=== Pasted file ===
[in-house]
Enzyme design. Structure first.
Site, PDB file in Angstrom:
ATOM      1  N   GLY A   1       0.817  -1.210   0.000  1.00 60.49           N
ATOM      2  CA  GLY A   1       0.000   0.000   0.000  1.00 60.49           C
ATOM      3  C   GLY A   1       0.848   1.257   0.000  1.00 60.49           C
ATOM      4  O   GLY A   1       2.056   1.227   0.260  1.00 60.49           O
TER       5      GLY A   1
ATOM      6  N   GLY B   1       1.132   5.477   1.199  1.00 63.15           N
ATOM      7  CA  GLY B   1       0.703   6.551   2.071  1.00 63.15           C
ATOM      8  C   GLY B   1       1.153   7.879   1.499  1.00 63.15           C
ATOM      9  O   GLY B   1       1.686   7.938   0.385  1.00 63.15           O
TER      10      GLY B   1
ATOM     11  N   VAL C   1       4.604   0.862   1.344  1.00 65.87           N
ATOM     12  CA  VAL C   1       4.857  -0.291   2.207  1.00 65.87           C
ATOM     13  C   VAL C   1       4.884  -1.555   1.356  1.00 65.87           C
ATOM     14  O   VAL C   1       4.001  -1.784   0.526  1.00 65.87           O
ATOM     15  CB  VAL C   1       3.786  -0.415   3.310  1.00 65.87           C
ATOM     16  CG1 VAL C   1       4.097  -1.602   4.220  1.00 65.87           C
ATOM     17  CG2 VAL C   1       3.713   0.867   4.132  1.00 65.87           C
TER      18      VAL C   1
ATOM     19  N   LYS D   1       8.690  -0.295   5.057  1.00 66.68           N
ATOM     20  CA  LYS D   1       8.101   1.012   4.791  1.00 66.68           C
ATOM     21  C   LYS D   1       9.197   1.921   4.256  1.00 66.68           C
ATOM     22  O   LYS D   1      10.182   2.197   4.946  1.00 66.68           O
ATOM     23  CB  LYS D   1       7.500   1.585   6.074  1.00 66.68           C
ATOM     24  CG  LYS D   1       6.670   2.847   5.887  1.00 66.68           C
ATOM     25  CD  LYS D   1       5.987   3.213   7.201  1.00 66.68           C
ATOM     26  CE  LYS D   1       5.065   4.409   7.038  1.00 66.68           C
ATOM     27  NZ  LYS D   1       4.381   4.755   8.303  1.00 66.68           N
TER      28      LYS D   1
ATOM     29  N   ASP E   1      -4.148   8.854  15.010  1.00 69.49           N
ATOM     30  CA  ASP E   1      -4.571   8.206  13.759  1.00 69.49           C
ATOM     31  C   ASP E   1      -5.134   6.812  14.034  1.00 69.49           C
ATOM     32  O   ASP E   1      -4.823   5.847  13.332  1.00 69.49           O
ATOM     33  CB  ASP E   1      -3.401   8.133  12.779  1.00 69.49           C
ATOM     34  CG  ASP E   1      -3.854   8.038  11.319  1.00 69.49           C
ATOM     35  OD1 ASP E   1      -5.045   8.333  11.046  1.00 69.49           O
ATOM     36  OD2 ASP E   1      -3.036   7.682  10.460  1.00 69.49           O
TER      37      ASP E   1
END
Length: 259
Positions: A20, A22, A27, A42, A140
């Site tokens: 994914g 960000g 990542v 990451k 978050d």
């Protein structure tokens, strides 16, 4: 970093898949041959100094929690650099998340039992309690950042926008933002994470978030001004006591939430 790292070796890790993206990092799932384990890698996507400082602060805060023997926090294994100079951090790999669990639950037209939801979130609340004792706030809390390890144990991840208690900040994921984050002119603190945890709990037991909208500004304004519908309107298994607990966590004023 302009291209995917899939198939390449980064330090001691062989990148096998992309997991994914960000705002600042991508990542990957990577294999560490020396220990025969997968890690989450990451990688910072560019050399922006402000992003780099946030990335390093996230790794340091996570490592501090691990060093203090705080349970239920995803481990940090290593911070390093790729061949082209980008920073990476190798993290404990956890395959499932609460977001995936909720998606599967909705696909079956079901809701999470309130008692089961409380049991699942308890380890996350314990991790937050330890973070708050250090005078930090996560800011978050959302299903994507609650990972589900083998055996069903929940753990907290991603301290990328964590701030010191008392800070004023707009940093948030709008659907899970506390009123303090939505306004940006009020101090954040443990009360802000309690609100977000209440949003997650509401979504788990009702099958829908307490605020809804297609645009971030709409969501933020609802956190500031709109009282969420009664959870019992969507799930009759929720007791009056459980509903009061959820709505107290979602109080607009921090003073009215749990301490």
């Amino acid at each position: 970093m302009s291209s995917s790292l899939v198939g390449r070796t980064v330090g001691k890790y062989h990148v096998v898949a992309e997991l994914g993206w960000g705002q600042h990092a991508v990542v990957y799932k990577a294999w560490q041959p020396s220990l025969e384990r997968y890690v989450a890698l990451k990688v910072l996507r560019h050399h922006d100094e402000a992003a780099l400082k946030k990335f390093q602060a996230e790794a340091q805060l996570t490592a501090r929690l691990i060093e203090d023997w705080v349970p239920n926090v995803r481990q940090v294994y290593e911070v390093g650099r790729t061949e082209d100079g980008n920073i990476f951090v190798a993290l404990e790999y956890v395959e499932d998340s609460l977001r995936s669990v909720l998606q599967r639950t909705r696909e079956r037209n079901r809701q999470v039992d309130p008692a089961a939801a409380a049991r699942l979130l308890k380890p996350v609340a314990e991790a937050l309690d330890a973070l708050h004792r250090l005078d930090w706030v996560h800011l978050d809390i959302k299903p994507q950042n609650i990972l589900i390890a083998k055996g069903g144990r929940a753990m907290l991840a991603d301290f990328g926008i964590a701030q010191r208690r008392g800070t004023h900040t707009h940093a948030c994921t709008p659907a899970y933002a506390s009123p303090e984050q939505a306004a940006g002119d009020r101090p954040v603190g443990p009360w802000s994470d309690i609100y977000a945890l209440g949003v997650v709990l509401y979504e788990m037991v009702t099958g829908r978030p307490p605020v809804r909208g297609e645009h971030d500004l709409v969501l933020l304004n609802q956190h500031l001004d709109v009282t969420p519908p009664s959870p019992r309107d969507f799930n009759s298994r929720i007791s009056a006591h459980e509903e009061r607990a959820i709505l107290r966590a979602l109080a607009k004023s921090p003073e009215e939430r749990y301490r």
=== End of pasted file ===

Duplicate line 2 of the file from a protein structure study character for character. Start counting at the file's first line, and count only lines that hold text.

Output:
Enzyme design. Structure first.